John Marshall Harlan (1877-1911)
Lived from 1833 to 1911.
Early Life and Legal Career
John Marshall Harlan was born on June 1, 1833 to a prominent slaveholding family in Boyle County, Kentucky. Harlan attended Centre College in Danville, followed by two years studying law at Transylvania University. He was admitted to the bar in 1853, and joined his father’s law practice shortly after.
Originally a member of the Whig party, Harlan was active in politics from a young age. He sought to prevent Kentucky from succeeding in the years before the Civil War. Once the war began, Harlan fought for the Union in the 10th Kentucky Infantry until his father’s death in 1863. At that time, he resigned and returned to Frankfort to support his family.
In 1863, Harlan was elected Attorney General of Kentucky, a position that he remained in for four years. Harlan subsequently opened a law firm in Louisville, however he spent most of his time campaigning for the Republican party in his state. Although Harlan supported slavery and opposed the Emancipation Proclamation during the Civil War, after the election of President Ulysses S. Grant he renounced these views, becoming an ardent supporter of civil rights.
Appointment to the Supreme Court
In 1877, Harlan was nominated by President Rutherford Hayes to serve as an Associate Justice on the Supreme Court. He was a rigorous advocate for civil rights throughout his tenure on the Court. In Hurtado v. California (1884), Hunt became the first justice to argue that the Fourteenth Amendment incorporated the Bill of Rights. He was also the only justice to dissent in the infamous Plessy v. Ferguson (1896) decision, arguing that the Constitution should be “color-blind”. Harlan was a staunch anti-imperialist, arguing in the Insular Cases (1901-1905) that the Constitution did not discriminate between the rights between citizens of the states and the residents of newly acquired territories.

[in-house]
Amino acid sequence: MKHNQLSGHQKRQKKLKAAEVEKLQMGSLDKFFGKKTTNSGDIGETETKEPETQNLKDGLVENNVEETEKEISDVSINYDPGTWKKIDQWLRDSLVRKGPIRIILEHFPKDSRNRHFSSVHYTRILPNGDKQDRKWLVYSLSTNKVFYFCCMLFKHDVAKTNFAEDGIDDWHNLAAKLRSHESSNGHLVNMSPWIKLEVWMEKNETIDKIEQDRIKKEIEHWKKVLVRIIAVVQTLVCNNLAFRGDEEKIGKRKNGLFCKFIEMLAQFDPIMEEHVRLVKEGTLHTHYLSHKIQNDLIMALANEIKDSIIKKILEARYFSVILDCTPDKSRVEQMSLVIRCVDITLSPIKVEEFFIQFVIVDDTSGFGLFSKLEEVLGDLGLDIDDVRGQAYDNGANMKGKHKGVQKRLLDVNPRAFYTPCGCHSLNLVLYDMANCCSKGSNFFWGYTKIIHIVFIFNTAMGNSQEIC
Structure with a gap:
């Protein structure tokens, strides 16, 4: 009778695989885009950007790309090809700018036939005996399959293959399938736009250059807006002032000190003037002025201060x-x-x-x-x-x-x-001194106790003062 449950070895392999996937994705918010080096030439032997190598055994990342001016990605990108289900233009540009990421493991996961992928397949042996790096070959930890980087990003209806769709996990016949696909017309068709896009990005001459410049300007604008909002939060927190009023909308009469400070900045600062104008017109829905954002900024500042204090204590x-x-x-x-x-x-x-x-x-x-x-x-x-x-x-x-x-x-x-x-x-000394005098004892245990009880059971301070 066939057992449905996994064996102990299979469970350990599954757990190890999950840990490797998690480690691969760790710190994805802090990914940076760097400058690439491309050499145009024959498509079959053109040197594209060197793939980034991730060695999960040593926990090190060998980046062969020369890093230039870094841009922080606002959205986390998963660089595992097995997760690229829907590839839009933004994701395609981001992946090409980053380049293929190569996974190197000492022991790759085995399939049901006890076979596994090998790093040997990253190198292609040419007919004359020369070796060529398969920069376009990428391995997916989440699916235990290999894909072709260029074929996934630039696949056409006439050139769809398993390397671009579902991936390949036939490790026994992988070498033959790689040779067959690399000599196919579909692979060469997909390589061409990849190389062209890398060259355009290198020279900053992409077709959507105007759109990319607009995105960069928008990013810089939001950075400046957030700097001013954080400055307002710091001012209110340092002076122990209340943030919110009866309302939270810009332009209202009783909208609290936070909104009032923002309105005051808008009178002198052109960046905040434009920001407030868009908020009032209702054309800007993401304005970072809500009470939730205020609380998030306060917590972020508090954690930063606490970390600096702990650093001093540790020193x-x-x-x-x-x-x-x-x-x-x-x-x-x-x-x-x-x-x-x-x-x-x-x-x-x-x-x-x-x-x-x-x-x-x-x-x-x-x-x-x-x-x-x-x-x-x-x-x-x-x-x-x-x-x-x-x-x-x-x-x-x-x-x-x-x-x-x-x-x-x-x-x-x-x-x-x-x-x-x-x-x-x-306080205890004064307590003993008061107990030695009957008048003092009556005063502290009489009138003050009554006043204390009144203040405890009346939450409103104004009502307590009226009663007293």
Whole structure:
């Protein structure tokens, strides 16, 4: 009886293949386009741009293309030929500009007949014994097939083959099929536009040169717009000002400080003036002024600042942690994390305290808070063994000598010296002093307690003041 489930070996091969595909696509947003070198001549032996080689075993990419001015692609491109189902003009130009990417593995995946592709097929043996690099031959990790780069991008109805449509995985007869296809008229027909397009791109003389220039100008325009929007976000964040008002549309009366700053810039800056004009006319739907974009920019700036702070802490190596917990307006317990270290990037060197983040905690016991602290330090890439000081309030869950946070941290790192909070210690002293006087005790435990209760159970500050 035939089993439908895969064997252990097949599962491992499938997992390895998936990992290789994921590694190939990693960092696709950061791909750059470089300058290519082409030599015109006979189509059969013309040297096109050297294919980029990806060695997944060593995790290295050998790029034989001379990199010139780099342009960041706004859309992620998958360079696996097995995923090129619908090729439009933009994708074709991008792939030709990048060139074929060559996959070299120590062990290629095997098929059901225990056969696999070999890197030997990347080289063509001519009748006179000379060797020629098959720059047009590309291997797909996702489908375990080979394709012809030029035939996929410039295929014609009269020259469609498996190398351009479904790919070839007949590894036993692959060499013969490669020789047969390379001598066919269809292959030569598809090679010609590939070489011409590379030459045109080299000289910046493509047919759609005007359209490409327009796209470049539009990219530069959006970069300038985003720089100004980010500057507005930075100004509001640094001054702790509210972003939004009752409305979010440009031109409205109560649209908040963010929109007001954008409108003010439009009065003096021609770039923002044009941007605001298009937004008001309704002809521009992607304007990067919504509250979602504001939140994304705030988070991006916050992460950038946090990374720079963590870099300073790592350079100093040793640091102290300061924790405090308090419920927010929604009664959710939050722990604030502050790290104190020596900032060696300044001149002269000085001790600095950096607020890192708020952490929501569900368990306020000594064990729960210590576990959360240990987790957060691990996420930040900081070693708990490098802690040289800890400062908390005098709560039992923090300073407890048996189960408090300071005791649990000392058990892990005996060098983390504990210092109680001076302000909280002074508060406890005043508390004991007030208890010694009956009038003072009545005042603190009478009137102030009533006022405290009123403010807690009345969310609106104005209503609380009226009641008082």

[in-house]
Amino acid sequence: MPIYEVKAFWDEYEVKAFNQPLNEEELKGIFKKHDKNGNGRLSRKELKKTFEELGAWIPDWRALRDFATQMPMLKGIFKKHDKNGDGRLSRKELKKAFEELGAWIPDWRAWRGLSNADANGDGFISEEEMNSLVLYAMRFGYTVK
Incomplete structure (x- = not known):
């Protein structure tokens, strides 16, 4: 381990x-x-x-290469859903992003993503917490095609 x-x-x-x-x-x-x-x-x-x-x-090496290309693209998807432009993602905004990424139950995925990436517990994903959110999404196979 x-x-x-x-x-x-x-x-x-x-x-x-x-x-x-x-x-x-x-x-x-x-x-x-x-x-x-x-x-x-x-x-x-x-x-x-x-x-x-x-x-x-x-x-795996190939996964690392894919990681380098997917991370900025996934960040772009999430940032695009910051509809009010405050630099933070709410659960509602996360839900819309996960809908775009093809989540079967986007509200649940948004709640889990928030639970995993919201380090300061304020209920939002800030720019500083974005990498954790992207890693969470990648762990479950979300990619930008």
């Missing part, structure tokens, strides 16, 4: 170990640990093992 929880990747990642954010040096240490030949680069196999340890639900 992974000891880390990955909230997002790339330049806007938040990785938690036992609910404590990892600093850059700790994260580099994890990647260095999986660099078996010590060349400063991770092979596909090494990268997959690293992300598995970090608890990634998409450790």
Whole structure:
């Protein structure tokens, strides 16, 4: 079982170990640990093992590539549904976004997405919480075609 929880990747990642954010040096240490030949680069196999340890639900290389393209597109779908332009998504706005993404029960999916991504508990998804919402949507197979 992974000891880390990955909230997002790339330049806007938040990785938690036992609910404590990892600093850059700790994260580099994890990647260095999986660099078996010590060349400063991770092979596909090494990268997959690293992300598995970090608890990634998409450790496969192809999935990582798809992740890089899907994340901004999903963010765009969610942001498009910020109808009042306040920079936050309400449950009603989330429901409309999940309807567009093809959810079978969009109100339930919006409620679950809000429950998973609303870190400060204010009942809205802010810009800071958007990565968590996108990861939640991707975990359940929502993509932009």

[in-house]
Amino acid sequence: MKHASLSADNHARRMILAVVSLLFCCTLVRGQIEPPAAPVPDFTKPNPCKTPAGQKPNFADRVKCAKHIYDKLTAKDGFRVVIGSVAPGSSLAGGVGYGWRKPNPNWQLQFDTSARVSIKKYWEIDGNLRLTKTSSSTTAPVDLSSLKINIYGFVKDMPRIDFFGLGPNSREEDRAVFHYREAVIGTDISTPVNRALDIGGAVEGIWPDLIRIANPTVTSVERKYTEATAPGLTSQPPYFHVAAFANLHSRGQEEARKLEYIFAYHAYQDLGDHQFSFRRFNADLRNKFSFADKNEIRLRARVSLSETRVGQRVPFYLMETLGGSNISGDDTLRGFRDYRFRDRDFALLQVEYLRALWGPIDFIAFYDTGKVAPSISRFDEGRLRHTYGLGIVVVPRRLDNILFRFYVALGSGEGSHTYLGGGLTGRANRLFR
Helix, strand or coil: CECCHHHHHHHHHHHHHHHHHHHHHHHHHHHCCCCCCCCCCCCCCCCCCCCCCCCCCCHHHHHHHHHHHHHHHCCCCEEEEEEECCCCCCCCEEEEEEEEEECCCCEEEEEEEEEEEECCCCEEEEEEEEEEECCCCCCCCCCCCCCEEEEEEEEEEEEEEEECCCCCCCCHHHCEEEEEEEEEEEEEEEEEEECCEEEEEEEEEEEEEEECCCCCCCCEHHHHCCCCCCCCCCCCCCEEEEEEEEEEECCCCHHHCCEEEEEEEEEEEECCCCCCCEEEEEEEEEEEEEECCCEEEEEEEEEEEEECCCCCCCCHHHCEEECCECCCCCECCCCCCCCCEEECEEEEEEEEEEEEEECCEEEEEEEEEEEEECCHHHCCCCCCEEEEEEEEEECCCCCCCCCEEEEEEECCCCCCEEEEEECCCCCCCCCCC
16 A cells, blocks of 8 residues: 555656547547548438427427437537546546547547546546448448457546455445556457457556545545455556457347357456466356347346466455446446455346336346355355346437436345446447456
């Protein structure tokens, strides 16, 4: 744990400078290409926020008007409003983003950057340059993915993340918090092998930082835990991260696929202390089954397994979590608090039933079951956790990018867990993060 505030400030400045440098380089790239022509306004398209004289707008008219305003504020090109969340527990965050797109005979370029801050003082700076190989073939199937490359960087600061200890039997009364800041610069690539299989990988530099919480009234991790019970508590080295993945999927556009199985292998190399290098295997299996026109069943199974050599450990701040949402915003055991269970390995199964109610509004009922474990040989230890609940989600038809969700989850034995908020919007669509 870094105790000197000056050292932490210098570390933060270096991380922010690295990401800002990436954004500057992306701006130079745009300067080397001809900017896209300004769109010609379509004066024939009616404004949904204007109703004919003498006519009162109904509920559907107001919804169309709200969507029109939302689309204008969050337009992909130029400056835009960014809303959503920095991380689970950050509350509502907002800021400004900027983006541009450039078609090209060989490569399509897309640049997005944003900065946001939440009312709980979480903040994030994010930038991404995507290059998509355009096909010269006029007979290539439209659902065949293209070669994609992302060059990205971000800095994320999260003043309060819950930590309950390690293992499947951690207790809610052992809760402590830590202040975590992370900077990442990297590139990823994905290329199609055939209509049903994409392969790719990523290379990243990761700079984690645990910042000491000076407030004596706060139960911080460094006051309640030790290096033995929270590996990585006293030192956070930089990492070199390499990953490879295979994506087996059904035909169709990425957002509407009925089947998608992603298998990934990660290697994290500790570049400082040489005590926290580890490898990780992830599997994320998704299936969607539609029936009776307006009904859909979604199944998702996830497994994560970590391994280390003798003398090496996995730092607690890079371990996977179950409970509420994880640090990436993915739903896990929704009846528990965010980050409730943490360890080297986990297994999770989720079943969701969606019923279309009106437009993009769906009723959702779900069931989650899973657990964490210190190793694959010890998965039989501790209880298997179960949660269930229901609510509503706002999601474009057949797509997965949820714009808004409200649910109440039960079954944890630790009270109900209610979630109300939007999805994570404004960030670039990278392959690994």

In 1906, Harlan donated a King James Bible to the Supreme Court, which became known as the “Harlan Bible.” As of 2015, the Bible has been signed by every succeeding Supreme Court Justice after taking the oath of office.
Harlan died on October 14, 1911, after serving 33 years on the Supreme Court–the 6th longest tenure in the Court’s history. He is buried in Rock Creek Cemetery in Washington, D.C.
Civil Rights Cases (1883)
Hurtado v. California (1884)
Plessy v. Ferguson (1896)